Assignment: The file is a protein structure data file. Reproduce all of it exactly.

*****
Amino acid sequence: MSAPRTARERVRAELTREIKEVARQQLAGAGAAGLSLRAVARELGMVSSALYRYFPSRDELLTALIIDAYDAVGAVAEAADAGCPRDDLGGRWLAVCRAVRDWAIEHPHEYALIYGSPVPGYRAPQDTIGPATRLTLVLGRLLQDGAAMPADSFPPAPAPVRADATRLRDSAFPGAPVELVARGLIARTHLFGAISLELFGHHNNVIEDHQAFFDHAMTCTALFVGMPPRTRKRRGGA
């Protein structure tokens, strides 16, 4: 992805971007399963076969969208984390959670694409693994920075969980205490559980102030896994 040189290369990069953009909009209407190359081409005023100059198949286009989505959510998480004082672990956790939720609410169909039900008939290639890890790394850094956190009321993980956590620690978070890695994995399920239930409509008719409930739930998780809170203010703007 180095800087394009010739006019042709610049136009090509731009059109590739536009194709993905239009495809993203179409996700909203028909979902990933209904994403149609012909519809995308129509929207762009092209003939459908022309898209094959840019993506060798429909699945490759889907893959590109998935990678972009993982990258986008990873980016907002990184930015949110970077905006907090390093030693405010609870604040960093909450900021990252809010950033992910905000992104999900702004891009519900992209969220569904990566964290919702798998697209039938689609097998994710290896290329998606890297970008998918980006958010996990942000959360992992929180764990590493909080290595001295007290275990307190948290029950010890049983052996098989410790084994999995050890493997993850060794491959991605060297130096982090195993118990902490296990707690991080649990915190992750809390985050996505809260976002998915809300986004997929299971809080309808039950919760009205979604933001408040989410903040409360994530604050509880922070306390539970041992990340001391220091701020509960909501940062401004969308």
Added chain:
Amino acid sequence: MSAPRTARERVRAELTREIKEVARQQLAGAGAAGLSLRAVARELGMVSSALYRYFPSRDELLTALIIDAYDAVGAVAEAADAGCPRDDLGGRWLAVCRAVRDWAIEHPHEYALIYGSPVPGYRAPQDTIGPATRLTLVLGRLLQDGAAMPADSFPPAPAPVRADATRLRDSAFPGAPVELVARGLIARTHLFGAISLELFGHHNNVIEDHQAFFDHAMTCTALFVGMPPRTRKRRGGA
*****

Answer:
Amino acid sequence: MSAPRTARERVRAELTREIKEVARQQLAGAGAAGLSLRAVARELGMVSSALYRYFPSRDELLTALIIDAYDAVGAVAEAADAGCPRDDLGGRWLAVCRAVRDWAIEHPHEYALIYGSPVPGYRAPQDTIGPATRLTLVLGRLLQDGAAMPADSFPPAPAPVRADATRLRDSAFPGAPVELVARGLIARTHLFGAISLELFGHHNNVIEDHQAFFDHAMTCTALFVGMPPRTRKRRGGA
């Protein structure tokens, strides 16, 4: 992805971007399963076969969208984390959670694409693994920075969980205490559980102030896994 040189290369990069953009909009209407190359081409005023100059198949286009989505959510998480004082672990956790939720609410169909039900008939290639890890790394850094956190009321993980956590620690978070890695994995399920239930409509008719409930739930998780809170203010703007 180095800087394009010739006019042709610049136009090509731009059109590739536009194709993905239009495809993203179409996700909203028909979902990933209904994403149609012909519809995308129509929207762009092209003939459908022309898209094959840019993506060798429909699945490759889907893959590109998935990678972009993982990258986008990873980016907002990184930015949110970077905006907090390093030693405010609870604040960093909450900021990252809010950033992910905000992104999900702004891009519900992209969220569904990566964290919702798998697209039938689609097998994710290896290329998606890297970008998918980006958010996990942000959360992992929180764990590493909080290595001295007290275990307190948290029950010890049983052996098989410790084994999995050890493997993850060794491959991605060297130096982090195993118990902490296990707690991080649990915190992750809390985050996505809260976002998915809300986004997929299971809080309808039950919760009205979604933001408040989410903040409360994530604050509880922070306390539970041992990340001391220091701020509960909501940062401004969308």
Added chain:
Amino acid sequence: MSAPRTARERVRAELTREIKEVARQQLAGAGAAGLSLRAVARELGMVSSALYRYFPSRDELLTALIIDAYDAVGAVAEAADAGCPRDDLGGRWLAVCRAVRDWAIEHPHEYALIYGSPVPGYRAPQDTIGPATRLTLVLGRLLQDGAAMPADSFPPAPAPVRADATRLRDSAFPGAPVELVARGLIARTHLFGAISLELFGHHNNVIEDHQAFFDHAMTCTALFVGMPPRTRKRRGGA